Sven Jacobsen’s photographs ask interesting questions about innocence and bliss. A new book concentrates on images of youthful freedom; teenagers scale fences and climb trees and plunge into lakes, they skateboard and snog and do headstands and backflips and laugh like they will never, ever stop. Any of the pictures might lead advertising campaigns for spring water or blue jeans or perfume – Jacobsen has worked as a commercial photographer for multinational corporations and knows all the seductive emotions – but there is, too, an extra edge of intimacy and challenge at work. They invite you to recall moments when you felt as alive as the people – family members, friends and models – he depicts. He calls his collection Like Birds.
Jacobsen suggests that when he takes the pictures he is looking always for the “flow of beauty” that might unite the figure with the landscape, a sense of subject and background dissolved. He likens his process to surfing, letting a wave take over and seeing where it takes you. This picture of the underwater swimmer is typical. He captions it as a “painting” for good reason – the scene carries visual reminders of a pre-Raphaelite Ophelia, but the young woman here is very much alive, in her element, not yet ready to break the glassy surface of the water, holding her breath for dear life.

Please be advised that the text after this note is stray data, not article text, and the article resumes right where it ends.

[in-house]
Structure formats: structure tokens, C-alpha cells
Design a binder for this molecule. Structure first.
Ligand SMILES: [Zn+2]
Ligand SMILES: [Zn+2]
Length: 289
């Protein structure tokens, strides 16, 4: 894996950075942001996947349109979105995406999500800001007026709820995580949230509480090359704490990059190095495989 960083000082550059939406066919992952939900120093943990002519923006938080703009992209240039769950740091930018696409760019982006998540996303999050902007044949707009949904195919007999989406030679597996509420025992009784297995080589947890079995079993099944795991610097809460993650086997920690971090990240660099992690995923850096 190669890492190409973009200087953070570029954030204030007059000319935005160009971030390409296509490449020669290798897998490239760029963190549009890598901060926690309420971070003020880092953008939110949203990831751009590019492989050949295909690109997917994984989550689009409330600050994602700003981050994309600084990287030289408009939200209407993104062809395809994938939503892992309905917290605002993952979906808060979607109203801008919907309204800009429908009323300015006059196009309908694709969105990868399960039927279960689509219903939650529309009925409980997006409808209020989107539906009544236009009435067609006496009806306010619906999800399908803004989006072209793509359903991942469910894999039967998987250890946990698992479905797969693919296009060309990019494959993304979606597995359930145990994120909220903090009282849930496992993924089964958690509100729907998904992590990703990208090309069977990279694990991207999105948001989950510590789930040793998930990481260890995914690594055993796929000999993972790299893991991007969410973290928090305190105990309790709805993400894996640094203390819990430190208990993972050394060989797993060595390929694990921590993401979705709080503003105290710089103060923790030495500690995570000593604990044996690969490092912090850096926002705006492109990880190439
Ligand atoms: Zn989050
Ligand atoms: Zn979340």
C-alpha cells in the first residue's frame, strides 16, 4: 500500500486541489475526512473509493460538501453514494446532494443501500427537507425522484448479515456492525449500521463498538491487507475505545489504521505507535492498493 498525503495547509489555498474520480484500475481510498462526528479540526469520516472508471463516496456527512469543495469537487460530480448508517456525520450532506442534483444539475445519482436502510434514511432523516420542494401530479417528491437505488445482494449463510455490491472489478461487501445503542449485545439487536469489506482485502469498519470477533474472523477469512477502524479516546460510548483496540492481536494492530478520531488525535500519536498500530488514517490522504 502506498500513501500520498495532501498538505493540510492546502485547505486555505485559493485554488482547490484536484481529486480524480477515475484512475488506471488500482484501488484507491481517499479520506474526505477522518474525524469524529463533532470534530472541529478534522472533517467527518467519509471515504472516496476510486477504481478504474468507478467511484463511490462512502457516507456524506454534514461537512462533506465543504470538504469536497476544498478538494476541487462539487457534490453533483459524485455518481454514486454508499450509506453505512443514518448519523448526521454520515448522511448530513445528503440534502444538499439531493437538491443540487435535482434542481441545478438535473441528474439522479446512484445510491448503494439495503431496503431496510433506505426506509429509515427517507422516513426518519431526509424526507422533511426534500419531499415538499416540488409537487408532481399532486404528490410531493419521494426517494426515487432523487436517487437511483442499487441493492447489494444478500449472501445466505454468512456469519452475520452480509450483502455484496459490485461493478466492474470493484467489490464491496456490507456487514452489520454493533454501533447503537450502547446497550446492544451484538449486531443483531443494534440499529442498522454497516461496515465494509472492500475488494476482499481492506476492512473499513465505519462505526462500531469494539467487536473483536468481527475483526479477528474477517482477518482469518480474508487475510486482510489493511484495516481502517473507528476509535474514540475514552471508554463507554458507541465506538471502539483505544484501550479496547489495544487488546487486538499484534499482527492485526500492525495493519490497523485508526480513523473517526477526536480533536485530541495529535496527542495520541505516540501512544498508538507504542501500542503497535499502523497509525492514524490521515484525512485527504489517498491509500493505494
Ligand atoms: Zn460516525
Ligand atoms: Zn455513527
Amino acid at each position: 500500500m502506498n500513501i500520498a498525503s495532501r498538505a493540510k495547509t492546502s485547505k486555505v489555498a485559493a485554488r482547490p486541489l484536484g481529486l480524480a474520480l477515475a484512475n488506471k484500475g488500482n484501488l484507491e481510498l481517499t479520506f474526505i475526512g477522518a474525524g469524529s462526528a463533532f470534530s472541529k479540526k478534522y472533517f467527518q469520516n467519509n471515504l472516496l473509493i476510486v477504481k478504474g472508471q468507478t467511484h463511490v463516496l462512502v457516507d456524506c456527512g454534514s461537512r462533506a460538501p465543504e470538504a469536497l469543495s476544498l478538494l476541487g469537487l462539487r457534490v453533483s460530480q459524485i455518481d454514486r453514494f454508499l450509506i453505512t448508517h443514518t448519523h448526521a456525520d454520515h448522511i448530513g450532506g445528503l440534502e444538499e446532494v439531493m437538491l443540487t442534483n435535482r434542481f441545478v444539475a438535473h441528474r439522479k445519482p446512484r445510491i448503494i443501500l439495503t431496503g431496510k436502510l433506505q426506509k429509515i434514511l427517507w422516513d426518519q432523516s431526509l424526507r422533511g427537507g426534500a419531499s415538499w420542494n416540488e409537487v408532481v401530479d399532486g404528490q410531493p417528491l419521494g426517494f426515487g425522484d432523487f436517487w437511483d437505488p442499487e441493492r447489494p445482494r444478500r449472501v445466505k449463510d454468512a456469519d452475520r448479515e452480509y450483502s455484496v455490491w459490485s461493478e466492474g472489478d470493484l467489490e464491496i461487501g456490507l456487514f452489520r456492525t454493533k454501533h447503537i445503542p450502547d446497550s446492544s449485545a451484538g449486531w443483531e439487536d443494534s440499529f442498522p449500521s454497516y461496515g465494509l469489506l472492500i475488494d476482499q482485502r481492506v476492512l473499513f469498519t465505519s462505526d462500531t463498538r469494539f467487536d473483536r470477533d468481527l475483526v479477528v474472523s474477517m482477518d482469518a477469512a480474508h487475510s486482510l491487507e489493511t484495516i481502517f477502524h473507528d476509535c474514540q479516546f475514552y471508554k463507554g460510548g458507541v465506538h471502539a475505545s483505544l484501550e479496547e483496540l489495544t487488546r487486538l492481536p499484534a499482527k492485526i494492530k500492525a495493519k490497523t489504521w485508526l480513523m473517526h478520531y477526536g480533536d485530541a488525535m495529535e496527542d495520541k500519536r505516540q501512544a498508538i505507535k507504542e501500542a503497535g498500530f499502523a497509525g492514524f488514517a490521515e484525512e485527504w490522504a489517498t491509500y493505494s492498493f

Like Birds carefully excludes almost all reference to time and place; you look in vain for a screen or a pocketed phone or a trademark. The holiday mood hardly changes as the images progress; there seem few serpents in the small paradises that Jacobsen seeks. The images, in this sense, become something of a test for more world-weary eyes: what if life were always lived in the moment, like this? And: can you ever have too much of a good thing?